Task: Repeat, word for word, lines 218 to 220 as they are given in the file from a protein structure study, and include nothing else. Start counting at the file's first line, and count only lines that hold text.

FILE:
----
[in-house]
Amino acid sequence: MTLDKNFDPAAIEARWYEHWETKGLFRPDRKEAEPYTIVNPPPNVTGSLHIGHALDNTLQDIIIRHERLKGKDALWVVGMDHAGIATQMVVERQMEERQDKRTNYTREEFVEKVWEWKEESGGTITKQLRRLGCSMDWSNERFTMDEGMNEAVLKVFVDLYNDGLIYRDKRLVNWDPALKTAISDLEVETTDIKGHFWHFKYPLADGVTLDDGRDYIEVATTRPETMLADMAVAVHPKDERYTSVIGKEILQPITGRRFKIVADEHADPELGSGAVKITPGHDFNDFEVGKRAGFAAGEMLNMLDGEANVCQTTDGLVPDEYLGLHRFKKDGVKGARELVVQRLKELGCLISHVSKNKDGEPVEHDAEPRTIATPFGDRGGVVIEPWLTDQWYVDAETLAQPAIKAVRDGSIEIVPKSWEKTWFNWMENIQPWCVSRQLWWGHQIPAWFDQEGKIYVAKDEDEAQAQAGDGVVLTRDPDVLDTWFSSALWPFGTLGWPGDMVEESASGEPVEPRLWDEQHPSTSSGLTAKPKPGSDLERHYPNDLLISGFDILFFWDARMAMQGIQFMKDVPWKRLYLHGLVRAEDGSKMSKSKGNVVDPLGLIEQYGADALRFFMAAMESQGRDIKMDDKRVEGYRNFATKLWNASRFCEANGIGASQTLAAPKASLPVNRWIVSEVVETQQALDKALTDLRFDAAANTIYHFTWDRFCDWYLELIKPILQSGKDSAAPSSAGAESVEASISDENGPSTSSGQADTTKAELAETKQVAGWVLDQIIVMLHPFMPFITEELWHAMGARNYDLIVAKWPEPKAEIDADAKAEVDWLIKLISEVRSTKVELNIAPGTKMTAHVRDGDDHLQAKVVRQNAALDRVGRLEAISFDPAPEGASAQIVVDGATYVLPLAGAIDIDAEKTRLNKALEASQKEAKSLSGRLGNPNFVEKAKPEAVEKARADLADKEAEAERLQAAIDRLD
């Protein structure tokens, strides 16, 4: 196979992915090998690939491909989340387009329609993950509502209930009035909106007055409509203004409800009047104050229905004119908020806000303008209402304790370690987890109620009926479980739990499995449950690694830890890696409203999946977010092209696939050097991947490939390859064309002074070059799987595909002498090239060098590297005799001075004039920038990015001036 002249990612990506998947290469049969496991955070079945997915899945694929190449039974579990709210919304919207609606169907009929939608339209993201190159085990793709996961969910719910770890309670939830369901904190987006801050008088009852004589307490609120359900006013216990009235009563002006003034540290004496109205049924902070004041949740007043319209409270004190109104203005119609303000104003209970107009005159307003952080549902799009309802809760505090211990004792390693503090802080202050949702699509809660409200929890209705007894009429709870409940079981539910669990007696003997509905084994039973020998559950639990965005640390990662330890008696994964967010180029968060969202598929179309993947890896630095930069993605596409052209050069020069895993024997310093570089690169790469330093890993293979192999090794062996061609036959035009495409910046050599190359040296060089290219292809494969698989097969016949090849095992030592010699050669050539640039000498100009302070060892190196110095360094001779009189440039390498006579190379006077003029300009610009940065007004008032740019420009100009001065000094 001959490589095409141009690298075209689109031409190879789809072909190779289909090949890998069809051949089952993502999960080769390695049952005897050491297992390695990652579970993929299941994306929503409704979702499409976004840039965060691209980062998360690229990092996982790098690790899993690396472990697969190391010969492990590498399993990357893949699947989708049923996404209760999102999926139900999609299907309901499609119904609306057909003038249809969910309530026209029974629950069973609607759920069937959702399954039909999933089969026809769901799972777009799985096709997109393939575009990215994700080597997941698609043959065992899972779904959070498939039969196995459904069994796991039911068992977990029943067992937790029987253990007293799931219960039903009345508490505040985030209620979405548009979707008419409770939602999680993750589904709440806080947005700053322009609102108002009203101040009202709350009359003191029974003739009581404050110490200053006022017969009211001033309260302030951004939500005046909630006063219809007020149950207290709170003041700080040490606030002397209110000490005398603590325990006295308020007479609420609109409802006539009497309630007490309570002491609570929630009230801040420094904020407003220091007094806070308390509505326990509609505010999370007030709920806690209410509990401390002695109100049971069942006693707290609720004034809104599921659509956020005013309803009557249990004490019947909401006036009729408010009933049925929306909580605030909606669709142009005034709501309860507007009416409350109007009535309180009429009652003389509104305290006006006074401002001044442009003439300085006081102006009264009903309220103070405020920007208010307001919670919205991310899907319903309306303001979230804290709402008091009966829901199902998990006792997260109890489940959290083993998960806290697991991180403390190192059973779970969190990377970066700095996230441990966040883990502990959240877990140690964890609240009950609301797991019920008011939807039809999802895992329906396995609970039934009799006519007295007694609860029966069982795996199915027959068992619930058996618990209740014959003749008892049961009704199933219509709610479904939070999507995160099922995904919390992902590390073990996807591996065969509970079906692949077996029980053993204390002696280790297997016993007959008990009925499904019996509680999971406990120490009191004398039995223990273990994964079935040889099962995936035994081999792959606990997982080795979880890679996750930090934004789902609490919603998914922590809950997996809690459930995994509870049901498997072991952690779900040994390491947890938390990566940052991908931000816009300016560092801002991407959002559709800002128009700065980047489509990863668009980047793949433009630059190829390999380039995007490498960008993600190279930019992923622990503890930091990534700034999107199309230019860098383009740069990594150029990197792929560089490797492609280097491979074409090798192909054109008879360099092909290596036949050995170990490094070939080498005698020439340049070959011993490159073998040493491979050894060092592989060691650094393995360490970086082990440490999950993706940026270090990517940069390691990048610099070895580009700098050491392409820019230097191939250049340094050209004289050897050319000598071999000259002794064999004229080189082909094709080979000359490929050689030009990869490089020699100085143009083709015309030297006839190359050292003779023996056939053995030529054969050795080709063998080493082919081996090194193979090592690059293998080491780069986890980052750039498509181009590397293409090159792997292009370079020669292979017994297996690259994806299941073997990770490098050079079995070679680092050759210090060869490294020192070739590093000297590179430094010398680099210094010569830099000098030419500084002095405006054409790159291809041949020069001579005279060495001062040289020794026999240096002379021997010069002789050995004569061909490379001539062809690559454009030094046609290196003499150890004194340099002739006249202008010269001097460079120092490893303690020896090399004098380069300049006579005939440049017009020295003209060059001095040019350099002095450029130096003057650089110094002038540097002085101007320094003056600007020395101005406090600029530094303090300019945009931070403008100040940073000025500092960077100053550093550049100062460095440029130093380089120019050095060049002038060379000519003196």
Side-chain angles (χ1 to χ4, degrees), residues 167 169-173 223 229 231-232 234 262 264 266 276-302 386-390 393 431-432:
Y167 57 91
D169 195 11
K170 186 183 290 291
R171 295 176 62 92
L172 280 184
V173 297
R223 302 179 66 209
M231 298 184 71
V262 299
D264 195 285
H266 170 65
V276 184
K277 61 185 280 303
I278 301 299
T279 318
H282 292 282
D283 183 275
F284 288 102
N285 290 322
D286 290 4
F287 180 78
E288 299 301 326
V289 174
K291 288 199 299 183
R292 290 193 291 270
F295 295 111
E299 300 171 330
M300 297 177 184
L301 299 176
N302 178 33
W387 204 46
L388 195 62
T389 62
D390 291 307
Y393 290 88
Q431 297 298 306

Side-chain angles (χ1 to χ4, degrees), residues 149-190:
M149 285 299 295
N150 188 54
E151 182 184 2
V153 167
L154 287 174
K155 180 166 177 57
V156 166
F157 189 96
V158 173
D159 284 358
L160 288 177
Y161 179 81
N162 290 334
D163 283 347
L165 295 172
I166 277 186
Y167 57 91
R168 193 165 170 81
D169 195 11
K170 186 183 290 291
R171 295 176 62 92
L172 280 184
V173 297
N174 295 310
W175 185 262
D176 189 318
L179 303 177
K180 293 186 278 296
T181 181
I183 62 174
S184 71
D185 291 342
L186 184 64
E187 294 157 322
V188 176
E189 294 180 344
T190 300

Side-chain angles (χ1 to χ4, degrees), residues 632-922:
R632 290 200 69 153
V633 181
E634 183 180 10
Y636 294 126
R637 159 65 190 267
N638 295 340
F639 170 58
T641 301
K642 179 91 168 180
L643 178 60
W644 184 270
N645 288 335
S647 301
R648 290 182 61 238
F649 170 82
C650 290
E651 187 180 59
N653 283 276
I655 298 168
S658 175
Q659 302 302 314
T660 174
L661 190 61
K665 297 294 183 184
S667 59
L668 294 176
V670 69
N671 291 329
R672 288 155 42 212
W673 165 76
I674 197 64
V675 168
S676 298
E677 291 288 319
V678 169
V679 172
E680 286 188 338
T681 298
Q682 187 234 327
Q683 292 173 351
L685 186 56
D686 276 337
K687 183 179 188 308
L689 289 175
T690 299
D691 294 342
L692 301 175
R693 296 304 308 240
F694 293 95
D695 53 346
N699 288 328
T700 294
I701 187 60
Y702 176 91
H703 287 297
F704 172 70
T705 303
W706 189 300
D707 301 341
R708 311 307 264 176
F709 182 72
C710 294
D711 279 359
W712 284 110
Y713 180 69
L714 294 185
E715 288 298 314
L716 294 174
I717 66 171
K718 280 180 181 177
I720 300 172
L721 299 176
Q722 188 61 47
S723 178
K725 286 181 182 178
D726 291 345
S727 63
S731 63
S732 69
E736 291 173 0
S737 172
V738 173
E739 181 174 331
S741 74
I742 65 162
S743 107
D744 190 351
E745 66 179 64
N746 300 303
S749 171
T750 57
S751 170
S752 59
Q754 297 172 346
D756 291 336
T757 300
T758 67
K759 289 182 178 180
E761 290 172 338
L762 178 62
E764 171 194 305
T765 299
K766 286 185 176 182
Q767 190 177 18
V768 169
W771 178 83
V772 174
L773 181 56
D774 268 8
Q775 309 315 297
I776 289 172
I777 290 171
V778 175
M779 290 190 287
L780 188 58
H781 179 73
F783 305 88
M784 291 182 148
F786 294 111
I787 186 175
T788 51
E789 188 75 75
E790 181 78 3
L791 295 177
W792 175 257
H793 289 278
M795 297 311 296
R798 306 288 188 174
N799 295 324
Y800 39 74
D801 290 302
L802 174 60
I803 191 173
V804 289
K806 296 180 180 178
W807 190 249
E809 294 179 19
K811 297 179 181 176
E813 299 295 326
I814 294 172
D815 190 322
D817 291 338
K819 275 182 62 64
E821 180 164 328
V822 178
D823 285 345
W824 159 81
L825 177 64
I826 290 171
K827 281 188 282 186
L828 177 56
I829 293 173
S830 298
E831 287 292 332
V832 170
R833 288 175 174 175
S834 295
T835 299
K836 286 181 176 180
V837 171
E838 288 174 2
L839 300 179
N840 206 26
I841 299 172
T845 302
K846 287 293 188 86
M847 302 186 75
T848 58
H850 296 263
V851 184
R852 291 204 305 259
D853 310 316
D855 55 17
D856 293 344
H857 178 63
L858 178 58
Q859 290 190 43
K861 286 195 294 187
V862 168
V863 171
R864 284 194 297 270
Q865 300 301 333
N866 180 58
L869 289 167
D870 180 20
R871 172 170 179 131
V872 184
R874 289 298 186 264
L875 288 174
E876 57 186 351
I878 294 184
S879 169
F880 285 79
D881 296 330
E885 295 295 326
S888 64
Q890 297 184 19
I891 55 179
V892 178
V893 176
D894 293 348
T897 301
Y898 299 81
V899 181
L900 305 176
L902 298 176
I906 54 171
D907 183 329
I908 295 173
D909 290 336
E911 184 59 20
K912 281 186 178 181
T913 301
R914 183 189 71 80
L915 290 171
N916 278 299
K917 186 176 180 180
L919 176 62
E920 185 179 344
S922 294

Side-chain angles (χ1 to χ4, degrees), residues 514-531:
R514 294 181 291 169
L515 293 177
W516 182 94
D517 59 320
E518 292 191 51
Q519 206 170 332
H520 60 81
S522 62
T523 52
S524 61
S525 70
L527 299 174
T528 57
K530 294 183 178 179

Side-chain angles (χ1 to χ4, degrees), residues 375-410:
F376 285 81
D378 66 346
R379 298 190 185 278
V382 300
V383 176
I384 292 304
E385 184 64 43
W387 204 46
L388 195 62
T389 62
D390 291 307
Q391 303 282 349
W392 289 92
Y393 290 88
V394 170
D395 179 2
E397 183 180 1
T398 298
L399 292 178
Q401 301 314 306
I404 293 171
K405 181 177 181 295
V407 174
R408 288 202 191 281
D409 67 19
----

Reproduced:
E813 299 295 326
I814 294 172
D815 190 322